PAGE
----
classes, and over the years there had been a number of double-champions, including Ago, five times 350/500 winner, and several 250/350 winners, most recently Anton Mang in 1981. And in Kenny Roberts’ first title year of 1978 he had entered both 250 and 500 classes, but used the 250 mainly to learn tracks that he had never seen before, though he won a couple of races. But in the 1980s, doubling up was now unheard of. The new generation of bikes, it was said, were too intense, too specialised. Freddie would prove this wrong, and – given subsequent events – perhaps also right. Honda backed him to the extent of preserving the RS250R-W for his exclusive use, much to the dismay of fellow Rothmans rider Mang. It was likewise a cut above the Yamaha of the rider he expected would be his greatest rival, Carlos Lavado. A mechanical failure forced retirement from the Spanish GP, but Freddie won seven of the other nine races leading up to Silverstone, and was second at the other. All he needed to do now was finish fourth. This he duly did, but it is of course more easily said than done, and the conditions were gruelling. Luckily, unlike in 2018, Silverstone hadn’t been incompetently resurfaced, although the rain was so bad that the sidecar race was called off. As problematic as the puddles, however, and the difficultly in seeing anything in the spray and with a misted visor, was the cold. Riders were soaked and freezing as they finished 24 laps of the bleak airfield circuit. All but one of them could take off for a hot shower or (perhaps and) a tot of a warming spirit. Freddie Spencer had no such luxury. He was pretty much straight out there again. It was without mercy, although securing the title was a major consolation. It was also the last time he rode a 250. Silverstone was the tenth of 12 rounds, and in the 500 class by now Freddie had regained the momentum interrupted with a painful mishap at Rijeka. The Yugoslav track was a touch primitive, and as a safety measure the pit-lane exit had been extended with a line of straw bales to beyond the first corner apex, to avoid the risk of slow traffic getting mixed up in a fast lap. Early in the race, Freddie squeezed inside fast-starting Rothmans Honda teammate Ron Haslam, but he had misjudged it. He caught his knee on a bale, wrenching it backwards. Determined to finish, he managed second behind Lawson, but had to be lifted off the bike afterwards. A year later, to my continued amusement, dry-as-dust Eddie Lawson told me, when I suggested this had been a courageous ride: “It was also possible to miss the bale.” With both falling out of a drenched Dutch TT, the next round, Freddie had come back to add two more victories. Now he had five to Lawson’s two, and a lead of 111 points to 94. But with three races left and 45 point still available, but neither he nor Honda underestimated the potential of his rival. For the British GP Honda had brought out two more V4s for Wayne Gardner and Randy Mamola. Not, to his distress, for Haslam. But the rainy conditions should suit the Briton, and his lighter, handier triple likewise. Particularly given his familiar skill with the dead-engine push-start, a racing tradition that would last just one more year after this. As usual, Ron got off the line like a rocket, but Spencer – at least familiar with the conditions – had passed him before the lap was done, and the Briton would continue to drop back, struggling to see where he
was going. Eventually he was forced to pit for a change of visor, rejoining out of the points. The same problem put Gardner out of the race. Spencer, however, was sailing away. It would have been serene, except for the foul conditions and the obvious dangers. It was familiar enough that he should win from the front, but it was especially impressive today. I recall standing by the track trying to lap score, as one had to do in those days, before the real-time TV coverage and detailed live timing, taken for granted nowadays, had pulled the press back into the press room. My notebook was too wet, my ballpoint wouldn’t write. Swiss colleague Gunther Wiesinger, in familiar know-all fashion, sidled over and said: “This is why I use a pencil.” But aside from minor discomfort, a pale reflection of a gruelling ordeal for the riders, it wasn’t hard to follow the progress of a race. The Rothmans Honda steadily drew away into a commanding lead. Lawson had got through to second from early fast guy Didier de Radigues, and was within 10 seconds of Spencer’s Honda by the end. But never any threat, as long as Freddie continued with his trademark precision. Third- placed Christian Sarron was almost another 25 seconds away. Looking back at the pictures, after the race Freddie looked cold, blowing on his hands to get some warmth back in; alongside him, Lawson looked half-drowned. He had very little to be cheerful about. The points gap, with two races left, had stretched to 20. Even if he was to win in the next race in Sweden, third place would be good enough for Spencer to be champion with one race to spare. As it turned out, Spencer took his seventh win of the year at Anderstorp, and Lawson, hampered by a tyre choice that went wrong,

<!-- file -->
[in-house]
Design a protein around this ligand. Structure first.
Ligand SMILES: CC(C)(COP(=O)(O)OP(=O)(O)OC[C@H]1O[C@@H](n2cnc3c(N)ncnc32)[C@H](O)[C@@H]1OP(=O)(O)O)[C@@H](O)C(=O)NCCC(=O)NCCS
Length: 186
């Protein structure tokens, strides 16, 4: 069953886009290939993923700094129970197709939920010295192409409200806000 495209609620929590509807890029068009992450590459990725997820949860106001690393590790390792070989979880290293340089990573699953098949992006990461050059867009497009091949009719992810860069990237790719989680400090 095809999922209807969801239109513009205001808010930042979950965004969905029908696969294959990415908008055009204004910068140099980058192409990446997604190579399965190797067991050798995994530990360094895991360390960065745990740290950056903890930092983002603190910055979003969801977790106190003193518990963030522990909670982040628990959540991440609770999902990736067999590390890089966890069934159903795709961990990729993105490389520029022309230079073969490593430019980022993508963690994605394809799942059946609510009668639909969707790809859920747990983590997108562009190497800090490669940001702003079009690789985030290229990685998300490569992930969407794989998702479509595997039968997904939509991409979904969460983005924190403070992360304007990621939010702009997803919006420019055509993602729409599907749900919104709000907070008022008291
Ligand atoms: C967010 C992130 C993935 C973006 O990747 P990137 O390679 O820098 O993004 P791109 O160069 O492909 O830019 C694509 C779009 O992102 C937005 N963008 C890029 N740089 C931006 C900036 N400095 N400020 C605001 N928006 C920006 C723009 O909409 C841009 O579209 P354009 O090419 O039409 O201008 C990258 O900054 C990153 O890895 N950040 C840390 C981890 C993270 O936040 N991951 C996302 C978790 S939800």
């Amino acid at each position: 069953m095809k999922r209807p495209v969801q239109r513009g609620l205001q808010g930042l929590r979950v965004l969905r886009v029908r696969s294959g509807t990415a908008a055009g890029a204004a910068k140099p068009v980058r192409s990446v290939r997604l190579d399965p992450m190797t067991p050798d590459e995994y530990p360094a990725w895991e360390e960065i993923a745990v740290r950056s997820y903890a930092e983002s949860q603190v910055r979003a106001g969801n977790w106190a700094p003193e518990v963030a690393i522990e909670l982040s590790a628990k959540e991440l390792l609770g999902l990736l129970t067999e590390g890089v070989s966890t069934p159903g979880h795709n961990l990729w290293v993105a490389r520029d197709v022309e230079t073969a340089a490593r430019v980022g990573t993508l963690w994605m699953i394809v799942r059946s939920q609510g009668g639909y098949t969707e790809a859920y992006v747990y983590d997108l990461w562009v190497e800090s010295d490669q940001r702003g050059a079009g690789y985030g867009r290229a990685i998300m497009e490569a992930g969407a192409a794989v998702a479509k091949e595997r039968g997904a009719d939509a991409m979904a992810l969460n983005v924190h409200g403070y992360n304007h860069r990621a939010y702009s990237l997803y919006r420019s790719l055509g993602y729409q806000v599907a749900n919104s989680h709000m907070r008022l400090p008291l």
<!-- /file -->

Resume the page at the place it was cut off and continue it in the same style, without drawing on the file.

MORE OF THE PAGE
only managed to finish second because Gardner’s Honda had broken on the final lap. It was Spencer’s 20th premier-class win. And his last, in any class. Now unassailable for a historic first-ever double 250/500 championship, he chose not to contest the final round at Misano, leaving a somewhat hollow win for title runner-up Lawson. Freddie’s no-show set something of a precedent for a series of them the following two seasons. As well as several injuries, one of the given reasons was tendonitis. Other reasons might be unravelled by any amateur psychologist, but to do so here would be to deny Spencer the dignity he so richly deserves, in spite of several half-hearted come-back attempts in the years to come. It is enough to say that his professional racing career was effectively over. He had burned so bright, even in Silverstone’s monsoon. Then the light went out. And if he had an explanation, it came when I visited him at his Shreveport home, a couple of winters later, and it could have been in direct reference to that afternoon in Northamptonshire. “I don’t think anybody really understands how much riding the 250 and 500 took out of me – just how demanding it was, physically and mentally.”
Spencer takes the 250 victory at the 1985 Silverstone GP.
Freddie, farthest right, without the almost obligatory roll of silver tape masquerading as a breath guard.
1985 BGP 250 start. Spencer (19) gets away clean. Note Joey Dunlop on the second row.
Gerry Burgess pushes Freddie and the 500 off for the warm-up lap.
Spencer leads (amongst others) Ron Haslam and Roger Marshall.
The quarter-litre class in the wet was a treacherous affair. Spencer, Ricci etc...
Job done. Spencer wins the 500cc race at Silverstone.
Ready for the off. Christian Sarron (6), Eddie Lawson (1) and Freddie (4) prepare to push.